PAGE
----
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CERNE

versão impressa ISSN 0104-7760versão On-line ISSN 2317-6342

CERNE vol.25 no.2 Lavras abr./jun. 2019  Epub 09-Set-2019

https://doi.org/10.1590/01047760201925022631 

Articles

NONDESTRUCTIVE ESTIMATION OF LEAF NUTRIENT CONCENTRATIONS IN EUCALYPTUS PLANTATIONS

Luiz Felipe Ramalho de Oliveira1  + 
http://orcid.org/0000-0003-2579-9341

Reynaldo Campos Santana1 
http://orcid.org/0000-0003-4132-9964

Marcio Leles Romarco de Oliveira1 
http://orcid.org/0000-0002-8097-1135

1 Federal University of the Jequitinhonha and Mucuri Valleys, Diamantina, Minas Gerais, Brazil


ABSTRACT

Determination of leaf nutrient concentrations is traditionally performed by carrying out destructive procedures, requiring laboratory chemical analysis, specialized equipment, and skilled labor. However, technological advances in recent years have now made it possible to analyze leaf nutrient concentrations using non-destructive methods such as leaf reflectance. This study evaluates the relationship between leaf reflectance and nutrient concentration in order to develop and apply nutrient indices by proximal sensing data in plantations of Eucalyptus. Two experiments were carried out for the development, application and validation of nutrient indices in Eucalyptus stands in the municipalities of Lassance and Três Marias, Minas Gerais state, Brazil. Study I was undertaken in Eucalyptus stands with 25 months old and, three clones. Leaves from the lower crown were visually classified into five color patterns using the Munsell chart for plant tissues. Study II was carried out in commercial stands of a hybrid of Eucalyptus urophylla ST Blake, whith 9, 12, 15 and 25 months old. Analysis revealed strong relationships between leaf nutrients and leaf reflectance in the visible and near infrared regions (400 - 900 nm) of the light spectrum. Correlation analysis between leaf reflectance and nutrients can be useful in an exploratory analysis of leaf nutrient concentration. Some nutrient indices developed (NI, PI, SI and CuI) provided satisfactory estimates of leaf nutrient concentration in Eucalyptus stands. The nutrient indices developed in this study may be a useful alternative to laboratory chemical analysis.

Keywords: Hyperspectral; Leaf reflectance; Vegetation índices; Feature selection; Bootstrap

INTRODUCTION

Nutrient concentration in the tissues of a plant, especially foliage tissue, is directly related to exchange processes between matter and energy, including photosynthesis, evapotranspiration and respiration (Marschner, 1995). Consequently, evaluation of leaf nutrient concentrations (LNCs) is useful for understanding a plant’s nutritional needs, planning fertilization, and optimizing the economic return from crops by maximizing productivity and minimizing resource inputs.

Determination of LNCs is traditionally performed using destructive procedures, requiring laboratory chemical analysis, specialized equipment, and skilled labor. However, technological advances in recent years have made it possible to analyze LNC using non-destructive methods (Pimstein et al., 2011; Mahajan et al., 2016; Oliveira et al., 2017). Spectral analysis techniques, using a variety of sensors, have enabled crops to be managed using non-destructive methods (Ustin et al., 2009; Ollinger, 2010; Schlemmer et al., 2013), and the technology could be extended to tree plantations (Stein et al., 2014; Oliveira et al., 2017).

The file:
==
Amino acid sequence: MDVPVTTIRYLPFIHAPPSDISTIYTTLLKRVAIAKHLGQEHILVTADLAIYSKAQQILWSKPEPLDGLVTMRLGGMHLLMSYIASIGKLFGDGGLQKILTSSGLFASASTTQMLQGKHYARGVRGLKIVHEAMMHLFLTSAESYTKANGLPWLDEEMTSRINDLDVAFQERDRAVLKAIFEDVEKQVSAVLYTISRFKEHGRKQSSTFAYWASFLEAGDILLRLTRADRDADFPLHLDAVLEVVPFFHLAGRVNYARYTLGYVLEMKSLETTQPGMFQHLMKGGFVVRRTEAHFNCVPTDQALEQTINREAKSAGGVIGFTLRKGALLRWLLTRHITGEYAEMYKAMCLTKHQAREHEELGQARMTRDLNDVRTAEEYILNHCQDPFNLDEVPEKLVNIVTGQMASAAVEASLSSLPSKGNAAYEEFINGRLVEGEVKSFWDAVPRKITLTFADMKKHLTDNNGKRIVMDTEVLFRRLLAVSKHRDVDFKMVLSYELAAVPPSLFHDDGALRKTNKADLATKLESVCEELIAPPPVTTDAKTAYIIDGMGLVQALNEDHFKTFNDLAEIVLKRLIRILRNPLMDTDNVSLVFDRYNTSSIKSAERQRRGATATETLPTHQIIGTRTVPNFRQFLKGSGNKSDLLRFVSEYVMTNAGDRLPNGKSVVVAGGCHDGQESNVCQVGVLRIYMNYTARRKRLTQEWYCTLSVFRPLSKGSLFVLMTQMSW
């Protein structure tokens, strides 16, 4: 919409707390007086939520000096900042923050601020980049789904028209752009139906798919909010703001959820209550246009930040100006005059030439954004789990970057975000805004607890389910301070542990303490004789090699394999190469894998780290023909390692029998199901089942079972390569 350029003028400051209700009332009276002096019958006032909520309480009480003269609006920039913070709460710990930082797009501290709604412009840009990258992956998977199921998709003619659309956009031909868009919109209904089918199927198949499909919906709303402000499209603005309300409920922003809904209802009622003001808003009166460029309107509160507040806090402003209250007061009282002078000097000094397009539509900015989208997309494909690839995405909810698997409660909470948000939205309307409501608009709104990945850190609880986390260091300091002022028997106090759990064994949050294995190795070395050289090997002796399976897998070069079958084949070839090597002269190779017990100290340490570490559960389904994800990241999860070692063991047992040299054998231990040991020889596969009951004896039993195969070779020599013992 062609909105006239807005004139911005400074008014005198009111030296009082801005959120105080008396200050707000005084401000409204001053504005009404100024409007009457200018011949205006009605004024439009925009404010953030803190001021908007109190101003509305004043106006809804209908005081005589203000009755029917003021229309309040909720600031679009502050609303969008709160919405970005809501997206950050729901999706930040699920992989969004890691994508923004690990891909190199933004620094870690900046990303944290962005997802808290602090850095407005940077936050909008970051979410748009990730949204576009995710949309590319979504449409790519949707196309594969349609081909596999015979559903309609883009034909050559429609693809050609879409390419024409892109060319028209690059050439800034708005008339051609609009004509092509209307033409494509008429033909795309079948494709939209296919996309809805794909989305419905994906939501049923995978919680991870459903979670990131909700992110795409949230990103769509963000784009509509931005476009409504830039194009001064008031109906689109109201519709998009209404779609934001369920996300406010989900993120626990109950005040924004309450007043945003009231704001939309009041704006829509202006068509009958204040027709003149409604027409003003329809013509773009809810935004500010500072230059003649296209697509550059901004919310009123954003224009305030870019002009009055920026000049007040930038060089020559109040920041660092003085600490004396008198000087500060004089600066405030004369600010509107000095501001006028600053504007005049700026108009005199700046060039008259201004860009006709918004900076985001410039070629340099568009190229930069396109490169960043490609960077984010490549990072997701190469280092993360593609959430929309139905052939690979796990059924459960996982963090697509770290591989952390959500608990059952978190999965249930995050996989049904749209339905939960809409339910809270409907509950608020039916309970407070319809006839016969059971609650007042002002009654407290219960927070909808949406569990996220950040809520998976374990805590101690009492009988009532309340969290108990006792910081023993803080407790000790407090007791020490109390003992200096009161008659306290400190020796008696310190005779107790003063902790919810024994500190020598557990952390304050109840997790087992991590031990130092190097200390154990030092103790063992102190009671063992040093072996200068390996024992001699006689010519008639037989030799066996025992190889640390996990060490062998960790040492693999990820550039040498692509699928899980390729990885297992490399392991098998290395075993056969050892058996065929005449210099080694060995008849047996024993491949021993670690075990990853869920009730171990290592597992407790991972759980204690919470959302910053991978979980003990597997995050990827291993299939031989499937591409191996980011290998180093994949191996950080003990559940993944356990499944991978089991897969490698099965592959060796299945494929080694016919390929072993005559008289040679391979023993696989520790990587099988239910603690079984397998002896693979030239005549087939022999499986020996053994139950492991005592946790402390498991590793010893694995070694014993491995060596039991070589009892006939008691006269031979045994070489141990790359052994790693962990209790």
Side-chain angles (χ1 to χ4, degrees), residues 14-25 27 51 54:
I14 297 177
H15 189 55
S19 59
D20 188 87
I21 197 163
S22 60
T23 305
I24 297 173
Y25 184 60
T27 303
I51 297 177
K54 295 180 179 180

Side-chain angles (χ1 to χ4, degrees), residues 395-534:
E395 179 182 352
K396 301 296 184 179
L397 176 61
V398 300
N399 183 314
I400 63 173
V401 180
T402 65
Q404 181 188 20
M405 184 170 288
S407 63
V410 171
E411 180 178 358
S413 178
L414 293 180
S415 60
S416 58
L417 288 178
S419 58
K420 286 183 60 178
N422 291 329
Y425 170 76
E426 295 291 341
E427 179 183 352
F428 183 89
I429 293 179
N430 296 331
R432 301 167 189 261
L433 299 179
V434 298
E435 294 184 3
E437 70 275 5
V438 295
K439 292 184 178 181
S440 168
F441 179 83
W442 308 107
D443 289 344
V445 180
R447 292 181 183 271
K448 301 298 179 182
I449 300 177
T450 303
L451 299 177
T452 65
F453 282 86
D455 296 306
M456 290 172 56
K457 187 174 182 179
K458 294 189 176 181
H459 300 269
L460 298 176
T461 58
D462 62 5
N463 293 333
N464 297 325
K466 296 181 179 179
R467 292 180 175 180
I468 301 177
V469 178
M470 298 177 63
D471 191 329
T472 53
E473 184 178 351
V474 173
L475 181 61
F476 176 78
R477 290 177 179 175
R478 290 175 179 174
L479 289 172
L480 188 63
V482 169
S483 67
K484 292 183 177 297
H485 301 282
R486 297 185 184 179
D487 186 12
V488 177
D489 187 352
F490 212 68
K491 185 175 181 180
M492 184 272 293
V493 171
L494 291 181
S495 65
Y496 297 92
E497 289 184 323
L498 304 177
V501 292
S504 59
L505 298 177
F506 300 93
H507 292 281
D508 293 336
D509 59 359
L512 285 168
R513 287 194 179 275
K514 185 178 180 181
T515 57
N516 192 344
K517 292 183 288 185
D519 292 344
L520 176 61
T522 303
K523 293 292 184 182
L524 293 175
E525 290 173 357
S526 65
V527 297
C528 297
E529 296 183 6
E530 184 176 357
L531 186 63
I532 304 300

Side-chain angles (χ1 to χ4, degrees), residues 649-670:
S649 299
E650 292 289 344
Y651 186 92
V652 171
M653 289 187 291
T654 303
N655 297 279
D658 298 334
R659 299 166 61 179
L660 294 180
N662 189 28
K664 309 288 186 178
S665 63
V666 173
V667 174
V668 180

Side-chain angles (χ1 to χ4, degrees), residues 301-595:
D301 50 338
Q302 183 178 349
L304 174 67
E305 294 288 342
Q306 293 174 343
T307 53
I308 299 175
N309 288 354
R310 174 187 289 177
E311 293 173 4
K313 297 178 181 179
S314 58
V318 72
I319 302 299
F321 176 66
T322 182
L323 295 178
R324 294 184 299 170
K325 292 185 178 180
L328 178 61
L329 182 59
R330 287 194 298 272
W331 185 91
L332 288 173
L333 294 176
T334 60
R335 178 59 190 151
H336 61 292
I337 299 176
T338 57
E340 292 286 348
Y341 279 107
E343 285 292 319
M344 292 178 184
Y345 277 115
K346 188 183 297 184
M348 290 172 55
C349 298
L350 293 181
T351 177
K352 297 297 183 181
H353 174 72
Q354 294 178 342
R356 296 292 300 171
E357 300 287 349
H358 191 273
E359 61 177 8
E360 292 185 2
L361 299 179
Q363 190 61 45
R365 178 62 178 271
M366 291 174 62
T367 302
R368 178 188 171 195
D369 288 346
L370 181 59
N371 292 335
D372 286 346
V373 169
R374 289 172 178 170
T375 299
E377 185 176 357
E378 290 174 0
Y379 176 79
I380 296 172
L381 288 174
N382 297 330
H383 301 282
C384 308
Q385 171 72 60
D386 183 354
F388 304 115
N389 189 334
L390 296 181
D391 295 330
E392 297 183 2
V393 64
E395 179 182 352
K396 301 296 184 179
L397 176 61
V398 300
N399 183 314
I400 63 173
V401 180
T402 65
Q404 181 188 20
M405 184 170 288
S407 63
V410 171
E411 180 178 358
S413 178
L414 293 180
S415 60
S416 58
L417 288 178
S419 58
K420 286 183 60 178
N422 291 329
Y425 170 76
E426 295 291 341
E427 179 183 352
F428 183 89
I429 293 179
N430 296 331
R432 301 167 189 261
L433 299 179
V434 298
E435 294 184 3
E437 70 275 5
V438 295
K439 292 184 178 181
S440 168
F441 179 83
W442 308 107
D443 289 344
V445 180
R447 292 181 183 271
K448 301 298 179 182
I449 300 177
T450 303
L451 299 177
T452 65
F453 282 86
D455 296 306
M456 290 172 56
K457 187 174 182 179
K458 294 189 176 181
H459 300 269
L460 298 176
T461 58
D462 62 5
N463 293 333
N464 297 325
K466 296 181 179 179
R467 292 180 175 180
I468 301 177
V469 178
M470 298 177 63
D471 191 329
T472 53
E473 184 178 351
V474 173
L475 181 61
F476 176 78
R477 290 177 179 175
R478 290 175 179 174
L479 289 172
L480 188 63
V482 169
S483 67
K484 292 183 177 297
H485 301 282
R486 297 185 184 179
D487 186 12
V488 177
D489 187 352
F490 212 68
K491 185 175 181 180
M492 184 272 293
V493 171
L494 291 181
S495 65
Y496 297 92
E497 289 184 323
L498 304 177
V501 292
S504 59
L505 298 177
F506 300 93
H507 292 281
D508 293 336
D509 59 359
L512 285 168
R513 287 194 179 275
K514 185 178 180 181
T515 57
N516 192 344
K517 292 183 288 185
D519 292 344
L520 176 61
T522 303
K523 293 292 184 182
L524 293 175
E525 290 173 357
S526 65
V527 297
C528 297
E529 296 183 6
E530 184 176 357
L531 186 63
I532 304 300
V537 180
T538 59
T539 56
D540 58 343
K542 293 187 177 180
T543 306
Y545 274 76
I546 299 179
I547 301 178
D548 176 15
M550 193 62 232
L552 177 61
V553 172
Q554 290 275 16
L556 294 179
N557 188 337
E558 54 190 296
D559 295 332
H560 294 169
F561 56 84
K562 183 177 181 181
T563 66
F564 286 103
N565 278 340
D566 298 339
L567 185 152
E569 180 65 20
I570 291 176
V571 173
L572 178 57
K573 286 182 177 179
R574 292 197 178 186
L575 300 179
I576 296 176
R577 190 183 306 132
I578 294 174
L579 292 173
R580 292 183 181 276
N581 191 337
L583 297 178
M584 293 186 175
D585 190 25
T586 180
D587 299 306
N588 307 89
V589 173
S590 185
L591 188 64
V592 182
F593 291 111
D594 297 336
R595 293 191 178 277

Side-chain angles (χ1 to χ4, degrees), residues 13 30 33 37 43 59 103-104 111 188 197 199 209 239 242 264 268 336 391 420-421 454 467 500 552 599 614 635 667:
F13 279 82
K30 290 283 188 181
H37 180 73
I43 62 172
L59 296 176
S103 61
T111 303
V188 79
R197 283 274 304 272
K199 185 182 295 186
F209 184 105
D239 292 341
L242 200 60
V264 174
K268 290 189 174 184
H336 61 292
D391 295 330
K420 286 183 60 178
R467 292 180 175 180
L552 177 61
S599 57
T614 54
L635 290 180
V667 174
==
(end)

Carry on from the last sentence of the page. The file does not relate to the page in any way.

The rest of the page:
Remotely-sensed analysis techniques require multiple electromagnetic wavelengths reflected by the plant’s foliage to be processed. The visible region (VIS, 400 - 700 nm) is influenced mainly by leaf pigments, especially chlorophyll (Gitelson et al., 2003; 2006; 2009). The near infrared region (NIR, 701 - 1200 nm) is related to morphological and anatomical leaf structures (Gates et al., 1965).

Currently, several indices are used to quantify the relationships between reflectance in the VIS and NIR regions and LNCs. However, such implementation has been limited to estimates of leaf pigments (eg, Gitelson et al., 2003; 2006; 2009) and nitrogen (N, eg Fitzgerald et al., 2010; Schlemmer et al., 2013; Oliveira et al., 2017). Deficiencies in nutrients other than N can alter plant metabolism and consequently a leaf’s reflectance (Mariotti et al., 1996; Mahajan et al., 2014). However, applications linking leaf reflectance to other macronutrients and micronutrients are poorly developed for trees (eg, Ponzoni and Gonçalves, 1999; Adams et al., 2000; Pimstein et al., 2011; Mahajan et al., 2014; Stein et al., 2014). Therefore, the study of relationships between N, phosphorous (P), potassium (K), calcium (Ca), magnesium (Mg), sulfur (S), boron (B), iron (Fe), zinc (Zn), manganese (Mn) and cooper (Cu) concentrations and leaf reflectance can be useful to procced non-destructive analysis in Eucalyptus stands.

The objective of this study is to predict LNCs using leaf reflectance in order to develop nutrient indices of Eucalyptus plantation by proximal sensing data.